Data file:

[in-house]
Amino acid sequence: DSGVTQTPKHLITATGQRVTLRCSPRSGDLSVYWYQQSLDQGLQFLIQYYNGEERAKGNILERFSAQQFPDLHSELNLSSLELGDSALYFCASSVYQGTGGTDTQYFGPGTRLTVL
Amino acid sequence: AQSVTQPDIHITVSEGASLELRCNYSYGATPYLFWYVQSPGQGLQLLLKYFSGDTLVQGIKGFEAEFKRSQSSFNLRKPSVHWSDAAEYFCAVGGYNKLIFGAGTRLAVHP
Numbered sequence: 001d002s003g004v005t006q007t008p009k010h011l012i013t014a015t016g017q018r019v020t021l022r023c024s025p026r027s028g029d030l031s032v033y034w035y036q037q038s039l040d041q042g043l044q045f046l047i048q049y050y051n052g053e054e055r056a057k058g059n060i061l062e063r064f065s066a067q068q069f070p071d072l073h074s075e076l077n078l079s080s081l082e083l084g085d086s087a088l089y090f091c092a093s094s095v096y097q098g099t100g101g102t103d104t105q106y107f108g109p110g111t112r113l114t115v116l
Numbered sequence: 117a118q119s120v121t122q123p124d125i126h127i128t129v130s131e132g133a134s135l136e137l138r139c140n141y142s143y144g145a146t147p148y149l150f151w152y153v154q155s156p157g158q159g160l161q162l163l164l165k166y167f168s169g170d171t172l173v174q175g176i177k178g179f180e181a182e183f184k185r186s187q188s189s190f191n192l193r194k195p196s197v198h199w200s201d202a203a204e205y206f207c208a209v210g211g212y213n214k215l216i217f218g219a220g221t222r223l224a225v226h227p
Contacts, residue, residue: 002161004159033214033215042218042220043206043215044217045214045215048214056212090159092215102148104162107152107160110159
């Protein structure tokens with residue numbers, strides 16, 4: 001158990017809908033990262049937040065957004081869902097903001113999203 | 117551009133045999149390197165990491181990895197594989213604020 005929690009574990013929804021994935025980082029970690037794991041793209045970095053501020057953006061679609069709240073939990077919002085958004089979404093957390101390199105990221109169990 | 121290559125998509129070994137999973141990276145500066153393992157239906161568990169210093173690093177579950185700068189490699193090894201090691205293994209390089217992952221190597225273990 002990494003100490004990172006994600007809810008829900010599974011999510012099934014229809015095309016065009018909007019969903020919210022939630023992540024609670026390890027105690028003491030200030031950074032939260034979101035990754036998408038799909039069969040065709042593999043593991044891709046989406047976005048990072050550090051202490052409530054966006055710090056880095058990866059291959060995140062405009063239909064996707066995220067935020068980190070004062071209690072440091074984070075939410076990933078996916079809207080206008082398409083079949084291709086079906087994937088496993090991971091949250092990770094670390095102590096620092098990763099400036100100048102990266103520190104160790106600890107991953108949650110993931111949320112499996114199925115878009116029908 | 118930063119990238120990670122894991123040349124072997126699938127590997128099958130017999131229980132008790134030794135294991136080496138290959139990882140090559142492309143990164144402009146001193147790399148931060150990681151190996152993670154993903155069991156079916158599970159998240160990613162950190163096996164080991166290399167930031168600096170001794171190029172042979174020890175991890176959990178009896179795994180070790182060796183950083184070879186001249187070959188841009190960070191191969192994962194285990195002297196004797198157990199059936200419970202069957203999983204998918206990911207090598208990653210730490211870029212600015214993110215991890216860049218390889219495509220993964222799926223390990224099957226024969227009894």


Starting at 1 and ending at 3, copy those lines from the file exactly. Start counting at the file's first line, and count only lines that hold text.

[in-house]
Amino acid sequence: DSGVTQTPKHLITATGQRVTLRCSPRSGDLSVYWYQQSLDQGLQFLIQYYNGEERAKGNILERFSAQQFPDLHSELNLSSLELGDSALYFCASSVYQGTGGTDTQYFGPGTRLTVL
Amino acid sequence: AQSVTQPDIHITVSEGASLELRCNYSYGATPYLFWYVQSPGQGLQLLLKYFSGDTLVQGIKGFEAEFKRSQSSFNLRKPSVHWSDAAEYFCAVGGYNKLIFGAGTRLAVHP